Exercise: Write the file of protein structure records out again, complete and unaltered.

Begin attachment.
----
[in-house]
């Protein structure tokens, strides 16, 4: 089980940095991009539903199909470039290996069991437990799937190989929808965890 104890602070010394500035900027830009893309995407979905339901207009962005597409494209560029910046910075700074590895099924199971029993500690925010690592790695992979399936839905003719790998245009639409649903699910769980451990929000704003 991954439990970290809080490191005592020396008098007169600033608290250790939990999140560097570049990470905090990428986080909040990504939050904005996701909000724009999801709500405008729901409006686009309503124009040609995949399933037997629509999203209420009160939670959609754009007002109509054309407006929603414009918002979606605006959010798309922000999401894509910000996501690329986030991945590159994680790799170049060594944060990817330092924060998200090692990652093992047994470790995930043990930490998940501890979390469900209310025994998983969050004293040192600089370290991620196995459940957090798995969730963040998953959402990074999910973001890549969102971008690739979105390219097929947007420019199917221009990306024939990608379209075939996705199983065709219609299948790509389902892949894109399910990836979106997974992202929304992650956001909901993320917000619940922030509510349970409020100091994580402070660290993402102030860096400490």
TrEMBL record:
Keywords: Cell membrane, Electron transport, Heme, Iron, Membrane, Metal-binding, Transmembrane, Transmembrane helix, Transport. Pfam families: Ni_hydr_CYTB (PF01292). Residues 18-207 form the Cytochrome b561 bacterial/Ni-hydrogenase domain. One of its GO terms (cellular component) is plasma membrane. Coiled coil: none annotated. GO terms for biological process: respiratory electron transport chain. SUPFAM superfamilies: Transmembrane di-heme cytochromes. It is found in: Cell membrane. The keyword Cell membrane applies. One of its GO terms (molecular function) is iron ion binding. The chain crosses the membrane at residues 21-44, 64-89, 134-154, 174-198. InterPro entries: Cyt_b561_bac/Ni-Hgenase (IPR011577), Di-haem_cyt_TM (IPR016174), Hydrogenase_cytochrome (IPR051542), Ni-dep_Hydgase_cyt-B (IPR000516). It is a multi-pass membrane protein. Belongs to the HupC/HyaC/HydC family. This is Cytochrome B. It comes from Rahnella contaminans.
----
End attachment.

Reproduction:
[in-house]
């Protein structure tokens, strides 16, 4: 089980940095991009539903199909470039290996069991437990799937190989929808965890 104890602070010394500035900027830009893309995407979905339901207009962005597409494209560029910046910075700074590895099924199971029993500690925010690592790695992979399936839905003719790998245009639409649903699910769980451990929000704003 991954439990970290809080490191005592020396008098007169600033608290250790939990999140560097570049990470905090990428986080909040990504939050904005996701909000724009999801709500405008729901409006686009309503124009040609995949399933037997629509999203209420009160939670959609754009007002109509054309407006929603414009918002979606605006959010798309922000999401894509910000996501690329986030991945590159994680790799170049060594944060990817330092924060998200090692990652093992047994470790995930043990930490998940501890979390469900209310025994998983969050004293040192600089370290991620196995459940957090798995969730963040998953959402990074999910973001890549969102971008690739979105390219097929947007420019199917221009990306024939990608379209075939996705199983065709219609299948790509389902892949894109399910990836979106997974992202929304992650956001909901993320917000619940922030509510349970409020100091994580402070660290993402102030860096400490």
TrEMBL record:
Keywords: Cell membrane, Electron transport, Heme, Iron, Membrane, Metal-binding, Transmembrane, Transmembrane helix, Transport. Pfam families: Ni_hydr_CYTB (PF01292). Residues 18-207 form the Cytochrome b561 bacterial/Ni-hydrogenase domain. One of its GO terms (cellular component) is plasma membrane. Coiled coil: none annotated. GO terms for biological process: respiratory electron transport chain. SUPFAM superfamilies: Transmembrane di-heme cytochromes. It is found in: Cell membrane. The keyword Cell membrane applies. One of its GO terms (molecular function) is iron ion binding. The chain crosses the membrane at residues 21-44, 64-89, 134-154, 174-198. InterPro entries: Cyt_b561_bac/Ni-Hgenase (IPR011577), Di-haem_cyt_TM (IPR016174), Hydrogenase_cytochrome (IPR051542), Ni-dep_Hydgase_cyt-B (IPR000516). It is a multi-pass membrane protein. Belongs to the HupC/HyaC/HydC family. This is Cytochrome B. It comes from Rahnella contaminans.